>Today I woke up in despair, but with despair I sit cross legged and let it be, while I breathe. I just want a bit of peace that's all.

Sounds great. Well done. Remember: that which is conscious of despair is not despair. To reshift this, sometimes changing from the active to the passive helps: rather than "I am in despair", quietly say "there is despair".

by pdfernhout   2019-07-12
Maybe of interest: "The Body Keeps the Score: Brain, Mind, and Body in the Healing of Trauma" by Bessel A. van der Kolk https://www.amazon.com/Body-Keeps-Score-Healing-Trauma/dp/01... "Renowned trauma expert Bessel van der Kolk has spent over three decades working with survivors. In The Body Keeps the Score, he transforms our understanding of traumatic stress, revealing how it literally rearranges the brain’s wiring—specifically areas dedicated to pleasure, engagement, control, and trust. He shows how these areas can be reactivated through innovative treatments including neurofeedback, mindfulness techniques, play, yoga, and other therapies. Based on Dr. van der Kolk’s own research and that of other leading specialists, The Body Keeps the Score offers proven alternatives to drugs and talk therapy—and a way to reclaim lives."

A lot of it is historical, so you might want to skip to the sections on treatments like EMDR. The author shows how nightmares are the brains attempts to process what happened and has suggestions for moving past them. While Bessel van der Kolk practices in the USA, perhaps you could contact him (or the group he works through) and see if he or they can suggest an informed and compassionate practitioner in your country?

Bessel van der Kolk and his associates can be reached here: http://www.traumacenter.org/

An interview with him: https://onbeing.org/programs/bessel-van-der-kolk-how-trauma-...

You may also find this book of interest too: "Out of the Nightmare: Recovery from Depression and Suicidal Pain" by David Conroy https://www.amazon.com/Out-Nightmare-Recovery-Depression-Sui...

A key point David Conroy makes is that all too often when people reach out for help with pain exceeding their coping resources (and so leading to suicidal thoughts) that the people they turn may just heap more pain on top of everything, which sounds like what happened to you. But it does not always have to been like that and David Conroy explores alternatives in his book.

And you might also want to look into "The Lifestyle Cure" which has a fairly high cure rate for depression using a combination of omega-3s, sunlight & vitamin D, exercise, social interactions, mental habits to avoid negative ruminations, and improved sleep: https://tlc.ku.edu/

But if it is past trauma that is causing the worst issues, addressing that first might help get you on an upward spiral and then you could try those other ideas to continue towards greater wellness. Hope this helps.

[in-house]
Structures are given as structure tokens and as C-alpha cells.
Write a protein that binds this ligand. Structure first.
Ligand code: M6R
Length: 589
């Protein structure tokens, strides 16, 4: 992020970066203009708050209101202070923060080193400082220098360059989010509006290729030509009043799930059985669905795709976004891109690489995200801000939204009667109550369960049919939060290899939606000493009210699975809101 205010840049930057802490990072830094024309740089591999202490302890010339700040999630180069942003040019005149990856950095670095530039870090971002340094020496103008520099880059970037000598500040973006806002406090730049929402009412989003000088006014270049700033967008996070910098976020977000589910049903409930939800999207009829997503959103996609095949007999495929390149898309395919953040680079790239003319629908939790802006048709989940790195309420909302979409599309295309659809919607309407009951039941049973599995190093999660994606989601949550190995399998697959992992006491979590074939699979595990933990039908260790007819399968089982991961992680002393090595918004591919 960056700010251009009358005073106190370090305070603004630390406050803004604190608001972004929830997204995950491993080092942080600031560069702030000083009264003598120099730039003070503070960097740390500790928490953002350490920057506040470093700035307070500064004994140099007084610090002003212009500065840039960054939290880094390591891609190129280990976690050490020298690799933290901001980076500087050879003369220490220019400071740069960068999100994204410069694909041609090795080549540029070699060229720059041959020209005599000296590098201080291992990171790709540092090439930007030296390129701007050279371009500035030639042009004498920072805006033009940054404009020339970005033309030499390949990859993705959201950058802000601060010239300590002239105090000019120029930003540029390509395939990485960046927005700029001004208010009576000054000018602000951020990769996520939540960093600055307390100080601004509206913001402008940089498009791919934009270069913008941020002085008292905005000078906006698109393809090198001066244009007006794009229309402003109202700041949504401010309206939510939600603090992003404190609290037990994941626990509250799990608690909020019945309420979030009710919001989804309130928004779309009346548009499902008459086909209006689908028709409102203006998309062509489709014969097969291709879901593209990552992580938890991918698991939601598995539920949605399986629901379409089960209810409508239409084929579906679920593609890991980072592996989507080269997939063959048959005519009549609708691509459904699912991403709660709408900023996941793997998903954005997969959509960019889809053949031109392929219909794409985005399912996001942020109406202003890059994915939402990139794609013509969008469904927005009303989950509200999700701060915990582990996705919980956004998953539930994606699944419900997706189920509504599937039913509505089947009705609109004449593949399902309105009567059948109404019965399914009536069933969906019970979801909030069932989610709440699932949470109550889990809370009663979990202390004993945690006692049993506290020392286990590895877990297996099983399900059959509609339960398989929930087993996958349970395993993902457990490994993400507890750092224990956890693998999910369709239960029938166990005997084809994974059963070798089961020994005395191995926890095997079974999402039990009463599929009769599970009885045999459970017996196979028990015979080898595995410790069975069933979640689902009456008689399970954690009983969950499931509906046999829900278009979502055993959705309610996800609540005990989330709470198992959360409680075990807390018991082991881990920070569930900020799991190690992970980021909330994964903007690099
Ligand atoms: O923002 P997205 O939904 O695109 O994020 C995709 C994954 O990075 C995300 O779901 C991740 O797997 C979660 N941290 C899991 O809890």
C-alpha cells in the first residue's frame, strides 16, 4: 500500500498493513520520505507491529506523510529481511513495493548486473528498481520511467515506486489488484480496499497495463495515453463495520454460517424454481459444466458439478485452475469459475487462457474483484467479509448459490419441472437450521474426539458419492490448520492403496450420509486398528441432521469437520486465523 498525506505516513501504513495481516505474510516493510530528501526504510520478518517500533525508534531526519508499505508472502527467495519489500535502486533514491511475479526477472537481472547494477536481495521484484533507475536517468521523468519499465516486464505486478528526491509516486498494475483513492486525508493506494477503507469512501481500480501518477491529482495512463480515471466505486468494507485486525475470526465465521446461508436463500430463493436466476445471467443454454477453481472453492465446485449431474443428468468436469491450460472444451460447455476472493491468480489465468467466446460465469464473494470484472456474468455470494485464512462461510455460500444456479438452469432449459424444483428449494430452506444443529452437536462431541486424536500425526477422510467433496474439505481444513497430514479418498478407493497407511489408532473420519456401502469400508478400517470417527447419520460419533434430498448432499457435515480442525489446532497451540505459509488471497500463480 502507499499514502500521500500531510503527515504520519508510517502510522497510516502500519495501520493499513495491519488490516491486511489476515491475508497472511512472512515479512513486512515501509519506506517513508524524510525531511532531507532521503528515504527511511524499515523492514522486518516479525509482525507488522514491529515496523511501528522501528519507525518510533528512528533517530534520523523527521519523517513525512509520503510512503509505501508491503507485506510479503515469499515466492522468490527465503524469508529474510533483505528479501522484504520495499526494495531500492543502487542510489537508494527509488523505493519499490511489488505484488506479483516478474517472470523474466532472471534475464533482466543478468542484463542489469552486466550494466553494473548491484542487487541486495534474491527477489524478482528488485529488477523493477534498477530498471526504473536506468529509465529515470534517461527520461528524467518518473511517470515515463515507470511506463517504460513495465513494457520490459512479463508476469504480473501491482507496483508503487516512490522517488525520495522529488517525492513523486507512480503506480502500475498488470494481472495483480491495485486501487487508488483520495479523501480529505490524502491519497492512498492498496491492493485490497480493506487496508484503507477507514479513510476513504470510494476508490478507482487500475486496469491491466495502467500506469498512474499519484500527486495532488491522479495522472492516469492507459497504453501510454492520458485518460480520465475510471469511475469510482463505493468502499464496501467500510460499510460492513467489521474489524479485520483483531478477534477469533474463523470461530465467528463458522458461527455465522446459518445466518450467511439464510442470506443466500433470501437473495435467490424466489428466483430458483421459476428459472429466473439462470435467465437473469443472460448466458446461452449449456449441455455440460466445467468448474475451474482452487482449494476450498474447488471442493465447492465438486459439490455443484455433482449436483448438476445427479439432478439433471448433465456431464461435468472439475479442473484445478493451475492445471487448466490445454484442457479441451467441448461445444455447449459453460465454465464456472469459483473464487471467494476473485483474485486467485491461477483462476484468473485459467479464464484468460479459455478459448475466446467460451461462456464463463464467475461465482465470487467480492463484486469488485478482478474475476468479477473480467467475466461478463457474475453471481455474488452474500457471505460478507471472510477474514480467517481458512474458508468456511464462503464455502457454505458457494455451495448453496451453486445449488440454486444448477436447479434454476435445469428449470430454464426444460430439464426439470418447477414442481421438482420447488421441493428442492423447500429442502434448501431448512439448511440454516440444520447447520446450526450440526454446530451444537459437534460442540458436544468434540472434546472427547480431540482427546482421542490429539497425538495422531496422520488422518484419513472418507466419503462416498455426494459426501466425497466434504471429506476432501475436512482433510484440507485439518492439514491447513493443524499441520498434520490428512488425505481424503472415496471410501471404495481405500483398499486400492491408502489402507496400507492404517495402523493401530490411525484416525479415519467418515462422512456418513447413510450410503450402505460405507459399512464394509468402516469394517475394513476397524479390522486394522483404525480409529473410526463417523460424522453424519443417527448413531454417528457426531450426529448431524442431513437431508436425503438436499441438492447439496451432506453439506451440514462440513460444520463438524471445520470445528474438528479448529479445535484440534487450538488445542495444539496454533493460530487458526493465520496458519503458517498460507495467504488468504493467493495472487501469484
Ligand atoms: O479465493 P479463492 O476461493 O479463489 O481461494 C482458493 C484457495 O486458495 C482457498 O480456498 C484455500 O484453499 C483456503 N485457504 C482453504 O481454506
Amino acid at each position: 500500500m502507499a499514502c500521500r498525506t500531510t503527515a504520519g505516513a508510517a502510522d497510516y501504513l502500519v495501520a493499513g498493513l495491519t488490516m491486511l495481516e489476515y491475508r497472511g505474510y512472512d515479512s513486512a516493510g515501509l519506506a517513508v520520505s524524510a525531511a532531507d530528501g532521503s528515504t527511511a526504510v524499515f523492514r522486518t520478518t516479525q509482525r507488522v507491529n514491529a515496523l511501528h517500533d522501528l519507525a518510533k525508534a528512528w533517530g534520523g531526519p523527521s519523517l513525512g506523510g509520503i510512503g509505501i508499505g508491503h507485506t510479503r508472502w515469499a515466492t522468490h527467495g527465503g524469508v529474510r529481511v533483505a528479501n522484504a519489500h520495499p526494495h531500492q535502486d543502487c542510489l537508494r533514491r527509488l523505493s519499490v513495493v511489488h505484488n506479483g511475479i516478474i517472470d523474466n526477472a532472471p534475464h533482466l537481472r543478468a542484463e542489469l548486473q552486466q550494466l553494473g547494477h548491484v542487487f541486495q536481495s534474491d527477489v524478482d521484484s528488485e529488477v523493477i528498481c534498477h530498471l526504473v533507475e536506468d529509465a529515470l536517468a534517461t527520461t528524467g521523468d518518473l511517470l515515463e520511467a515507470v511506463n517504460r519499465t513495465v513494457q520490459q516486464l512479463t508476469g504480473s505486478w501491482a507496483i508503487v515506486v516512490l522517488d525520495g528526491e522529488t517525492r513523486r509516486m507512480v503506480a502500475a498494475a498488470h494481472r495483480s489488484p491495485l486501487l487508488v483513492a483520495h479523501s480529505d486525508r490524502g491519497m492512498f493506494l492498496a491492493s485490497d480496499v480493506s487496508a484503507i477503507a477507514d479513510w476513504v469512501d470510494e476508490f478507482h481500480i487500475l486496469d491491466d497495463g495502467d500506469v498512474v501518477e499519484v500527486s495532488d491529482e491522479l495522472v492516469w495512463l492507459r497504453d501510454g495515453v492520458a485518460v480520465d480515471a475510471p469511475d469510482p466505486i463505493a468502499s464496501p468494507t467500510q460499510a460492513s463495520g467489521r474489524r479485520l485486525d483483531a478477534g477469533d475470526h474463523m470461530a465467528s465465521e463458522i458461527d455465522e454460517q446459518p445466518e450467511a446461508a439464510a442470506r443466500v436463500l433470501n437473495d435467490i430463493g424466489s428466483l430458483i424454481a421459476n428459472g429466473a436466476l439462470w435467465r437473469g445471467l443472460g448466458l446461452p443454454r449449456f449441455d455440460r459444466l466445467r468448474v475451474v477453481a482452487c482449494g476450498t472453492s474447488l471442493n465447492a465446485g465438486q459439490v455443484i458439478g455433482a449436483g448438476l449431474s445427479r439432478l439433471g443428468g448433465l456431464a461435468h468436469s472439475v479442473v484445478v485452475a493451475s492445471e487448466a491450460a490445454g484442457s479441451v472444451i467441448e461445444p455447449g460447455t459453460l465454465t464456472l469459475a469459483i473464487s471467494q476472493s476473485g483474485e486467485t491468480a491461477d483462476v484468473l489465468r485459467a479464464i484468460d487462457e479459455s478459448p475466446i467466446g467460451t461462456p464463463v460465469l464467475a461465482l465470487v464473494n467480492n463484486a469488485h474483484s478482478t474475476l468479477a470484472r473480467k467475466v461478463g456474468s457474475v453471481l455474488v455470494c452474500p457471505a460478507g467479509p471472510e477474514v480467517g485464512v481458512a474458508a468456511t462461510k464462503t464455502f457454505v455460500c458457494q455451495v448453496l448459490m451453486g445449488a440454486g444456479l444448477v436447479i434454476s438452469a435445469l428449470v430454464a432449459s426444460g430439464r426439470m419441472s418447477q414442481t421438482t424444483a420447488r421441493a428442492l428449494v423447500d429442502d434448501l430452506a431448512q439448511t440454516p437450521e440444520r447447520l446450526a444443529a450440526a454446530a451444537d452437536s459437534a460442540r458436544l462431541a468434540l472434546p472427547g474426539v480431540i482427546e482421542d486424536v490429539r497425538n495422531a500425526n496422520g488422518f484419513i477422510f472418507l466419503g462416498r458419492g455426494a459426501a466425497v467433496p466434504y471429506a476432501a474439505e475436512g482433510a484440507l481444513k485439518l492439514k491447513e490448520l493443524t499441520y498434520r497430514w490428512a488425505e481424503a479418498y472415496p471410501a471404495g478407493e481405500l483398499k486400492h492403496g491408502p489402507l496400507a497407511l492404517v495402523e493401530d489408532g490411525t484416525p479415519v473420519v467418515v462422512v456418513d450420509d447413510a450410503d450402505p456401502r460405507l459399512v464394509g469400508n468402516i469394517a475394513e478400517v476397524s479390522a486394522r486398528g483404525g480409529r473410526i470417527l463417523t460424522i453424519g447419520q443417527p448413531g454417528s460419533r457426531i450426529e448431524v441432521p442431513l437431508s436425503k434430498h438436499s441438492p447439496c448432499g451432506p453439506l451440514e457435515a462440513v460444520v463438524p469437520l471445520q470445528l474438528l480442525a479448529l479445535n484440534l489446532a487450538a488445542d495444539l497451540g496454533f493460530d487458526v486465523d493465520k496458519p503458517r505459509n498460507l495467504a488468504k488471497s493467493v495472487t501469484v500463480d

by pdfernhout   2019-07-12
Bill Zeller talks about difficulty overcoming early childhood trauma in his last words. He perhaps could have benefited from the techniques described in this book: "The Body Keeps the Score: Brain, Mind, and Body in the Healing of Trauma" by Bessel A. van der Kolk https://www.amazon.com/Body-Keeps-Score-Healing-Trauma/dp/01... "Trauma is a fact of life. Veterans and their families deal with the painful aftermath of combat; one in five Americans has been molested; one in four grew up with alcoholics; one in three couples have engaged in physical violence. Such experiences inevitably leave traces on minds, emotions, and even on biology. Sadly, trauma sufferers frequently pass on their stress to their partners and children. Renowned trauma expert Bessel van der Kolk has spent over three decades working with survivors. In The Body Keeps the Score, he transforms our understanding of traumatic stress, revealing how it literally rearranges the brain’s wiring—specifically areas dedicated to pleasure, engagement, control, and trust. He shows how these areas can be reactivated through innovative treatments including neurofeedback, mindfulness techniques, play, yoga, and other therapies. Based on Dr. van der Kolk’s own research and that of other leading specialists, The Body Keeps the Score offers proven alternatives to drugs and talk therapy—and a way to reclaim lives."
by bananatron   2019-07-05
"The Body Keeps the Score" taught me a ton about the psychology of trauma, as it relates to everyone. It really has some jaw-dropping stuff.

https://www.amazon.com/Body-Keeps-Score-Healing-Trauma/dp/01...

by ohsobasic   2019-01-13

He will likely experience PTSD in one form or another - the seemingly strangest things can trigger it (a smell, a song that was on in the background, hell, locking a door could be a trigger since it sounds like it was one of the last things he did before finding his friend). This may be a helpful read for you, so you can be aware of what he might be going through, understand what to possibly expect, that sort of thing.

So sorry for your husband's loss, and good luck to you as you navigate helping him heal.

by BundleOfShae   2019-01-13
  1. Seroquel: Technically this is not an AED, but before we knew I had epilepsy, I needed anti-psychotics due to audible hallucinations. It turned me into a zombie that could barely function cognitively. The voices stopped with my next one. The first two months were terrible then and for months after.